Greetings from The Aero Experience Team


The Aero Experience is a celebration of Midwest aviation and aerospace achievement. We invite you to join us as we explore the treasures of Midwest aviation through first-hand experiences. Our contributors take turns flying lead, and we are always looking for new destinations. Check in with The Aero Experience frequently to see where we will land today, and then go out and have your own aero experiences!

Blue skies,

Carmelo Turdo, Mark Nankivil and Fred Harl - The Aero Experience Team

Monday, June 5, 2017

Precision Aerobatics Make the Grade at the Salem Regional Aerobatic Contest

By Carmelo Turdo pilots from across the region gathered early Saturday morning at Salem-Leckrone Airport in central Illinois to participate in the 42nd Annual International Aerobatic Club (IAC) Regional Aerobatic Contest.  This longest-running IAC contest attracted nine pilots from several states, flying a variety of aircraft types, for the chance to get some feedback on their aerobatic flying abilities.     

The IAC, a division of the Experimental Aircraft Association (EAA) based in Oshkosh, WI, provides rules governing the aerobatic contests for each category - Primary, Sportsman, Intermediate, Advanced and Unlimited - in order of increasing difficulty.  The size of the aerobatic box (airspace used for the judged flying) is 1000m x 1000m, with the lower and upper altitude limits also varying by category.  The aerobatic box footprint is marked using large white panels on the ground, positioned to give a proper line of sight from the judges' position.  During each flight, a competitor flies a set of maneuvers that are documented by uniform figures in a specified order.  The judges calculate the scores, from 0-10, for each maneuver and add a difficulty coefficient multiplier.  Competitors are ranked by their total scores.      

The competitors arrived Friday, and throughout the day preparations such as marking the aerobatic box, stocking supplies and practice flights were accomplished.  Early Saturday morning, the aircraft were positioned on the apron and the briefing started just after 7:30am.  The briefing centered on the flight operations, including startup and taxi procedures, ingress and egress from the aerobatic box, radio frequencies and the flight order for each category.  Experienced chapter members performed key duties, including Contest Director Joe Overman, Starter Dennis McAlee, Chief Judges Bruce Ballew and Sanford Langworthy, and the numerous other support jobs necessary for a fair and safe contest.  Support from Salem-Leckrone Airport was again essential in providing a base of operations including a large apron, fuel and the needed office and hangar space.    

The judges assembled at their observation station between the apron and aerobatic box following the morning briefing.  The tents provided a welcome shelter from the growing heat of the day, and plenty of water and snacks were available.  Contest flights were conducted during morning and afternoon sessions, and the flight operations were concluded by mid afternoon.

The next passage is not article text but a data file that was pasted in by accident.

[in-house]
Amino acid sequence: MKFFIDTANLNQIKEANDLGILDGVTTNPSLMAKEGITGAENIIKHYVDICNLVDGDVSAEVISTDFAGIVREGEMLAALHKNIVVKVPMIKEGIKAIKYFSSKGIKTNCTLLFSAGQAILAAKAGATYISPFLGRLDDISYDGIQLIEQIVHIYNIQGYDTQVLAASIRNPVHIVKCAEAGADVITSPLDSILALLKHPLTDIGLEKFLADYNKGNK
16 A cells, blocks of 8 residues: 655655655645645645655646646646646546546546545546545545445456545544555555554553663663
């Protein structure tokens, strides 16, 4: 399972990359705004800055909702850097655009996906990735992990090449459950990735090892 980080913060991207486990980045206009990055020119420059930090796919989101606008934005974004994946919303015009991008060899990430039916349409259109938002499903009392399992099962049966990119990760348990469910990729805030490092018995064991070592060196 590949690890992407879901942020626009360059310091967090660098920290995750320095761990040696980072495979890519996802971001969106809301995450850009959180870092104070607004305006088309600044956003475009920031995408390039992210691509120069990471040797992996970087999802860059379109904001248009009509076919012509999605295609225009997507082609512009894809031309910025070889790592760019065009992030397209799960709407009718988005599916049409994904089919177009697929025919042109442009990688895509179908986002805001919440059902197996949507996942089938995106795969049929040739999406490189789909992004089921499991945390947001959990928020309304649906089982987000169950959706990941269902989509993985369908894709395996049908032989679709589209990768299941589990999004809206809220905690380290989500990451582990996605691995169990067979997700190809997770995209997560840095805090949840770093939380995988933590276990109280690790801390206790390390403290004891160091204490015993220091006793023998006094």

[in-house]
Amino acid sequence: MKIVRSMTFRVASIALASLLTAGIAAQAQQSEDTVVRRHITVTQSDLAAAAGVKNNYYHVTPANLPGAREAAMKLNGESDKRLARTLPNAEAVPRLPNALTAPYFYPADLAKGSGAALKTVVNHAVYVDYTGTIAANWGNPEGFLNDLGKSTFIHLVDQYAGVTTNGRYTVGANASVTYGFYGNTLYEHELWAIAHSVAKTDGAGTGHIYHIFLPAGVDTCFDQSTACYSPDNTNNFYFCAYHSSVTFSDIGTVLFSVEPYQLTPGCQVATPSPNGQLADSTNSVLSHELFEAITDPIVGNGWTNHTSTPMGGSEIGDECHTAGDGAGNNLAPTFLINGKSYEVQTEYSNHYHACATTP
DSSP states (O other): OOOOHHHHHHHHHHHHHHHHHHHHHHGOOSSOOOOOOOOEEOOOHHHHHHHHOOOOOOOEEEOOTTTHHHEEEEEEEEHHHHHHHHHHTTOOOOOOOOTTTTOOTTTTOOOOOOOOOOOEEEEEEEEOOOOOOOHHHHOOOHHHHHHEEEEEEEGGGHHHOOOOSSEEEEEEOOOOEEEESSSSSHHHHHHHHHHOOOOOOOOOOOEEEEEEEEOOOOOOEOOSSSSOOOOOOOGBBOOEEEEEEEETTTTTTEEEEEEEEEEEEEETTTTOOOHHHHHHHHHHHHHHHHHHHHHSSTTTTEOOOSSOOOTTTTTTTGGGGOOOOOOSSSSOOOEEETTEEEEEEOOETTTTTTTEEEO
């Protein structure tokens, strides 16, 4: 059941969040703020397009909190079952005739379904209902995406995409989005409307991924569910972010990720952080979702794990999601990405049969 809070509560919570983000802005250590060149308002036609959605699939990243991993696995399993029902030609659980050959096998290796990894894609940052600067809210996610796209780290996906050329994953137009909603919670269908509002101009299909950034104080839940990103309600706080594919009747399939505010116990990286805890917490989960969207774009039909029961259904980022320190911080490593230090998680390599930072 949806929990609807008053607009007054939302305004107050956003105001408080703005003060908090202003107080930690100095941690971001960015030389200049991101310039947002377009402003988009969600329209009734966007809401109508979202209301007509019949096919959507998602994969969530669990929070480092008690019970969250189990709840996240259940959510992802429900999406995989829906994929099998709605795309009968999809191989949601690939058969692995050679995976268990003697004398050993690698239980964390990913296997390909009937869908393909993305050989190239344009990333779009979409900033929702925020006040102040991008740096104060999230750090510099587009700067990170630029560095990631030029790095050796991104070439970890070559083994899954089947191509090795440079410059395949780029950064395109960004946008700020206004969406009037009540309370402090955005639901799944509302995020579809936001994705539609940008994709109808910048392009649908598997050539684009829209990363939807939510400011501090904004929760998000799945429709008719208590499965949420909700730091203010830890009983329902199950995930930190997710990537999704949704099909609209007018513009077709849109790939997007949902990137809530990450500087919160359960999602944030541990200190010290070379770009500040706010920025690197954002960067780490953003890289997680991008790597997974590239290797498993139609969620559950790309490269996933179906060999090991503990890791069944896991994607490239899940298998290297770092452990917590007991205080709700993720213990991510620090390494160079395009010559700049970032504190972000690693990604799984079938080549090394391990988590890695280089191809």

The Aero Experience was on site for our second year to capture the day's flying activities.  Aircraft flying in the aerobatic box were too far away for quality images, but we have some views of each aircraft as they took off and landed during the contest.  They are featured here in their competition categories:

Primary: First Place - Bruce Ballew in Pitts S-2B


Primary: Second Place - Giles Henderson in Clipped-Wing Piper Cub


Sportsman: First Place - Jason Noll in Pitts S-2B

Sportsman: Second Place - Robert Hamilton in Pitts S-1C

Sportsman: Third Place - Karl Icenogle in Pitts S-2B

Sportsman: Fourth Place - David Schmitz in RV-8


Advanced: First Place - Gerald Molidor in Sukhoi SU-29

Advanced: Second Place - John Housley in Pitts S-2B

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Unlimited: First Place - Steven Grohsmeyer in MXS

The Salem Regional Aerobatic Contest is a great example of Midwest Aviation resources coming together to evaluate and improve the skills and safety of its pilots.  IAC Chapter 61 President John Housley stresses that the IAC chapter membership activities and contests serve primarily to provide instruction and mentoring in aerobatic flying in an organized manner.  Having at least some aerobatic training makes a pilot safer and comfortable in unusual attitude situations that may occur unexpectedly in conventional flying. Anyone interested in developing and improving aerobatic flying skills, and making connections with the area's aviation community, are encouraged to contact IAC Chapter 61 or find a chapter near their home airport.

The Aero Experience thanks IAC Chapter 61, Salem-Leckrone Airport and the participants for their hospitality and assistance in preparing this story.

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